As the California Citizens Redistricting Commission works to redraw the state’s political maps, it has grappled with changing demographics and how those changes impact the state’s diverse populations.
The commission has been directed to be sure the new congressional, legislative and Board of Equalization district maps stand up to the Voting Rights Act, which outlaws discriminatory voting practices.
Groups representing Latinos, Asians, African-Americans, and others have been closely following the historic, citizen-led redistricting process – commenting, submitting suggested maps, and staying vocal.
LA Times Reporter Jean Merl reports today about the challenges faced by the Commission as it works to redraw the lines.
“With the exception of making sure that districts are equally populated, the courts have made it clear that there can be no higher priority than providing opportunities for minority representation,” said Dan Schnur, director of the Jesse M. Unruh Institute of Politics at USC and a former GOP political operative. “The commissioners are probably aware that not adhering to the Voting Rights Act would be their greatest legal vulnerability.”
Indeed, the commission redrew some lines after being directed by its legal counsel to create several Latino-majority districts in Los Angeles County.
Minority groups “have been far ahead of the curve” on remapping, said Commissioner Jodie Filkins Webber. “I’m absolutely amazed by the numbers of collaboratives that have formed and have been able to put together some incredible maps.”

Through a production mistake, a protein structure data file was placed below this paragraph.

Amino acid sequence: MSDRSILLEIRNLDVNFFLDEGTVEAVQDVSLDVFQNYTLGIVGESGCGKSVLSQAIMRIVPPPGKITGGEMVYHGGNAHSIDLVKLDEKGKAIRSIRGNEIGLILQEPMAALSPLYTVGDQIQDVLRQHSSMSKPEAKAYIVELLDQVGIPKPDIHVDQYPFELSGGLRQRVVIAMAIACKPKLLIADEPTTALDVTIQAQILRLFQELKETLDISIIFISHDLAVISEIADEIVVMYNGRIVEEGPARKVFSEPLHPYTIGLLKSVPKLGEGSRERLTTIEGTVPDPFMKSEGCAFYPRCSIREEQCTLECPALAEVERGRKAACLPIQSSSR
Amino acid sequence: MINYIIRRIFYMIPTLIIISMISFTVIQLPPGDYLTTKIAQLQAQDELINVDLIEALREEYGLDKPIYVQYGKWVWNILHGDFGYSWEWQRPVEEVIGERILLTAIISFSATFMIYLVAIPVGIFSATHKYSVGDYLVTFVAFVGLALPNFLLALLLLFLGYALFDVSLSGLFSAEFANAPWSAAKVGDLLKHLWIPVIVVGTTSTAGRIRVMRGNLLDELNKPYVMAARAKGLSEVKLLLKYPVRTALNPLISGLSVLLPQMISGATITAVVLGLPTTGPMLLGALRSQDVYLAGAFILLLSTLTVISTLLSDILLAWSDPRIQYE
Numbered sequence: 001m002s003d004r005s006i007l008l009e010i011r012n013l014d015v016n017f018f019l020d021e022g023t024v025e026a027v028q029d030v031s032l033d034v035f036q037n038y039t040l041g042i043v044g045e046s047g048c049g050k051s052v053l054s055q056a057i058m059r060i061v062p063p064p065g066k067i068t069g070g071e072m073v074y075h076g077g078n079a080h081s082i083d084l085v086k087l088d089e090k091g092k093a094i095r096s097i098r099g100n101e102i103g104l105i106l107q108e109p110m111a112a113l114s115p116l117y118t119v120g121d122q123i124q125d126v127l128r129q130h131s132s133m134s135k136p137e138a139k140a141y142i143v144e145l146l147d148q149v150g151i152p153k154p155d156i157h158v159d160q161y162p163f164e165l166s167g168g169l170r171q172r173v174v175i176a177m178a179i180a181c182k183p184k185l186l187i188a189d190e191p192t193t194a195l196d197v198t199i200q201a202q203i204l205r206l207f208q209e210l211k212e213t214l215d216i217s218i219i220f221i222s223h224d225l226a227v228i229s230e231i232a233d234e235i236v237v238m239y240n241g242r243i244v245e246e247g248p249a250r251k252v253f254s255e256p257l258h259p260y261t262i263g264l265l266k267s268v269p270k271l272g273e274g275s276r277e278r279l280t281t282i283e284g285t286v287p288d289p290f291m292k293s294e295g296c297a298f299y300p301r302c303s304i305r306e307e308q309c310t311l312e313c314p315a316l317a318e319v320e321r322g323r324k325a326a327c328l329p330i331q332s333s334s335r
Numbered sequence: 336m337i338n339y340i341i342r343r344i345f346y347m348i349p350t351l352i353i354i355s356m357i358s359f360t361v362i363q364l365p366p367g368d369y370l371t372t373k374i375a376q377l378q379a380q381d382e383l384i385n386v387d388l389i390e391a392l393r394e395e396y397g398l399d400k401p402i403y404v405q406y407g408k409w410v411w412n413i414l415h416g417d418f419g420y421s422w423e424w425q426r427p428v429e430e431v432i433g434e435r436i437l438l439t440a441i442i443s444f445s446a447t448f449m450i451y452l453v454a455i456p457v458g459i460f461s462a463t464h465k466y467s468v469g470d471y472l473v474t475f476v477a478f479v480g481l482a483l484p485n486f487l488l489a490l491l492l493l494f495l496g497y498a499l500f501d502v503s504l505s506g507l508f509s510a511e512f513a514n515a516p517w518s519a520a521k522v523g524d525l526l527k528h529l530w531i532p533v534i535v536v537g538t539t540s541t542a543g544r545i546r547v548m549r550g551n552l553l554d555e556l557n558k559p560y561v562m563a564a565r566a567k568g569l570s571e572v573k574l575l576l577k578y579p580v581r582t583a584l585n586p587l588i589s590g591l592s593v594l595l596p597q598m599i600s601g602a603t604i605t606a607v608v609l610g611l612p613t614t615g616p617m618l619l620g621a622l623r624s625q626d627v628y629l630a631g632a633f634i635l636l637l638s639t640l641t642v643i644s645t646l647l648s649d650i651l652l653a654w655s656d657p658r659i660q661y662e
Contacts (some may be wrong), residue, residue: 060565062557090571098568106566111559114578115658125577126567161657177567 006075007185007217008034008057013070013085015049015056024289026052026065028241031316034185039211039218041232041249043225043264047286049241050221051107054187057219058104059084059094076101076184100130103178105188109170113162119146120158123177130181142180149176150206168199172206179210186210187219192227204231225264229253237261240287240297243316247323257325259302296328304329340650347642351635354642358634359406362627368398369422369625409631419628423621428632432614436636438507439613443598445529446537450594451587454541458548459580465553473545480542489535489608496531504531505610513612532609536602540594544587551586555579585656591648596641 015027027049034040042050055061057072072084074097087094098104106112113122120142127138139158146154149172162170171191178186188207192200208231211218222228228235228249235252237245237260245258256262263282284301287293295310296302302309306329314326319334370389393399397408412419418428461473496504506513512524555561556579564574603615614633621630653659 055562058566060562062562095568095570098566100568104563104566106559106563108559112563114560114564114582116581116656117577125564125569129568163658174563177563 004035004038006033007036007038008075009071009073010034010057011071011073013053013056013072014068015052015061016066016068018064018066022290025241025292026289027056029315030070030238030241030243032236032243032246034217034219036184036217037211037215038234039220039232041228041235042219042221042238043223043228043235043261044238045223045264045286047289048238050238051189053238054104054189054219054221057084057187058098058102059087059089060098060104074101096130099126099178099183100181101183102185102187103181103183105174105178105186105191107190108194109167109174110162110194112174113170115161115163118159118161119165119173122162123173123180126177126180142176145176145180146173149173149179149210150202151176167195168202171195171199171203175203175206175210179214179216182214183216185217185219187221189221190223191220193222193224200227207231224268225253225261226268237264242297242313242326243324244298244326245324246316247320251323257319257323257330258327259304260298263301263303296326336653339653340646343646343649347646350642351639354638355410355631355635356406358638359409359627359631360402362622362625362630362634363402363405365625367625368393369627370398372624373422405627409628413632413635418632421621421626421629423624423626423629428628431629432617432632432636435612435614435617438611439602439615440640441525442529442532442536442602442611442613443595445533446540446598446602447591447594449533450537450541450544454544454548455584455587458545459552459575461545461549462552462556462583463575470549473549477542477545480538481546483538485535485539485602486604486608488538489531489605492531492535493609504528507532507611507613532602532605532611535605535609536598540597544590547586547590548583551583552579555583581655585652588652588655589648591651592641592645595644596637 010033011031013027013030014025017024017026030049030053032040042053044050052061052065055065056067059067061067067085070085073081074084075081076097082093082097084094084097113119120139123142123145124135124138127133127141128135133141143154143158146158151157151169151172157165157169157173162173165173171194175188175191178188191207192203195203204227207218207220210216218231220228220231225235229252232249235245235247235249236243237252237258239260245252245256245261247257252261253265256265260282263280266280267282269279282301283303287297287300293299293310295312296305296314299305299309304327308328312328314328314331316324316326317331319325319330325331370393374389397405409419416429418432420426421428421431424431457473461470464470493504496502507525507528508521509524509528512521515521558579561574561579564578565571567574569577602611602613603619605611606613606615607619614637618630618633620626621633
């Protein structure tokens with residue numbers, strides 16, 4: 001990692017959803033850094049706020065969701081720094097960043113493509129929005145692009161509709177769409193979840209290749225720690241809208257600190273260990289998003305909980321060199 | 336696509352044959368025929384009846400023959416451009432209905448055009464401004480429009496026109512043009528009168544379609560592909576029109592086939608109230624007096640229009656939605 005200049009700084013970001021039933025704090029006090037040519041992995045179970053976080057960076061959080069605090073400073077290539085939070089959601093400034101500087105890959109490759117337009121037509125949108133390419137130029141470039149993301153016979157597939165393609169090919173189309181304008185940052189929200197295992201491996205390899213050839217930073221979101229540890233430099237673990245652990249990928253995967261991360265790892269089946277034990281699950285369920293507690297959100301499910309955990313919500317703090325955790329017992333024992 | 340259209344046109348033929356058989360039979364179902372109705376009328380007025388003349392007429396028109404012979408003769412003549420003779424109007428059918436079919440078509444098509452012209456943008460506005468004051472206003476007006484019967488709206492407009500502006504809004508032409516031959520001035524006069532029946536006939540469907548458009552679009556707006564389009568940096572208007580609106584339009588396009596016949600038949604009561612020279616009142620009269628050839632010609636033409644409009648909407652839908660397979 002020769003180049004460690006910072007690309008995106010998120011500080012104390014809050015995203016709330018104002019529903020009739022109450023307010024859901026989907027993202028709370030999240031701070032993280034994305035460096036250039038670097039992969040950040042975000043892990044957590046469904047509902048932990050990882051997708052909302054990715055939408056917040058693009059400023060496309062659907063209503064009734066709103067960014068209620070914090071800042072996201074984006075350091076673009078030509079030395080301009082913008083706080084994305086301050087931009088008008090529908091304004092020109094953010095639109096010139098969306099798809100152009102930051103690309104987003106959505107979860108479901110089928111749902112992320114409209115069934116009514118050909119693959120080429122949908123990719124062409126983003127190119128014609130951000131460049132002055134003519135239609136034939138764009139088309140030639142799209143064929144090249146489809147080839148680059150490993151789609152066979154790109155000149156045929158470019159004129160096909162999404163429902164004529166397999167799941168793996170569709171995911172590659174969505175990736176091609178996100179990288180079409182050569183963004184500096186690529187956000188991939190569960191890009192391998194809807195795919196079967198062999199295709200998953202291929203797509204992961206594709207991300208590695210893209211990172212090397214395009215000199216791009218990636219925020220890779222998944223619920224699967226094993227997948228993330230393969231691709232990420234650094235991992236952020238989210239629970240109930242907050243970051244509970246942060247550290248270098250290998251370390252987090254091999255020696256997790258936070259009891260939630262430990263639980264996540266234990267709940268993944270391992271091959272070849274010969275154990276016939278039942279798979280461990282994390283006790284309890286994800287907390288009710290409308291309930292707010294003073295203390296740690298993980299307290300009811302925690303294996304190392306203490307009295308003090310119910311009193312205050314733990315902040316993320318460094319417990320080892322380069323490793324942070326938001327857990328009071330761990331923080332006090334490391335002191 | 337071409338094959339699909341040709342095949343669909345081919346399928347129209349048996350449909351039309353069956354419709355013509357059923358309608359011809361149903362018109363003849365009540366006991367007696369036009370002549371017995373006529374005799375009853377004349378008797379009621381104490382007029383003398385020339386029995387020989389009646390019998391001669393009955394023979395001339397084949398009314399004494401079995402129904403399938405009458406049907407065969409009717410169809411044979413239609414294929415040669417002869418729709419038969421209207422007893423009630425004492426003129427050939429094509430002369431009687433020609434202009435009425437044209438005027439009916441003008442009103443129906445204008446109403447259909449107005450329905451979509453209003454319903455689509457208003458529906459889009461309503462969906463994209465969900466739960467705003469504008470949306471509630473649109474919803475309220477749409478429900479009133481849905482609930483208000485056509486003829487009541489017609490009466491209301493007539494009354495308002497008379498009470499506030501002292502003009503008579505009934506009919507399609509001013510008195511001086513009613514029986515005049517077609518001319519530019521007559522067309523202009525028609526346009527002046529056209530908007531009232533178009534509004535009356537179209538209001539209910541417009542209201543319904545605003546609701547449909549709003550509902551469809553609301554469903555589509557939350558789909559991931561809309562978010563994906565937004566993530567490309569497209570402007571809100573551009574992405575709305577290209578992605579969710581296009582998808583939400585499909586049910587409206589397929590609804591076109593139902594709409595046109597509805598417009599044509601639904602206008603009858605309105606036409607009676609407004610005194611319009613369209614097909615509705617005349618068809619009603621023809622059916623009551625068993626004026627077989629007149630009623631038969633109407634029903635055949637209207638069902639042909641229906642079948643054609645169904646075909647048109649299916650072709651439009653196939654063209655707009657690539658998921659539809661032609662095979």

“L.A. County is so complex, so diverse — how do you provide fair opportunities for everyone?” said Eugene Lee, who handles redistricting matters for the Asian Pacific American Legal Center, one of the groups that has worked with Latinos and blacks to pose alternative boundaries. “Any line-drawer would struggle with that.”
The boundaries are adjusted after every census to reflect population changes.
“It’s been painful,” said Commissioner Maria Blanco. “It’s been very hard for people to accept the changing demographics.”
“We’ve all worked very hard to draw districts that conform with redistricting standards as they’ve been laid out” in the two ballot measures that created the new system, Blanco said.
The maps are still evolving. When the commission canceled a round of draft maps due to deadline pressures, many groups complained that it hurt their ability to understand how the maps were progressing.
“It was a very difficult process to participate in,” said Steven Ochoa, national redistricting coordinator for the Mexican American Legal Defense and Educational Fund. It wasn’t all the commission’s fault, Ochoa said, noting that the panel tried hard to work in full public view.
Transparency requires time, he said, “and they don’t have it.”
The final maps are scheduled to be released Friday. They must be available for public review for 14 days before the commission’s Aug. 15 deadline to approve them. If the commission cannot agree on the maps, the state Supreme Court will appoint special masters to draw the districts.
California Forward has been closely following the redistricting process and encourages all Californians to stay engaged by commentng on the maps. For more information on redistricting, see the CA Fwd redistricting page.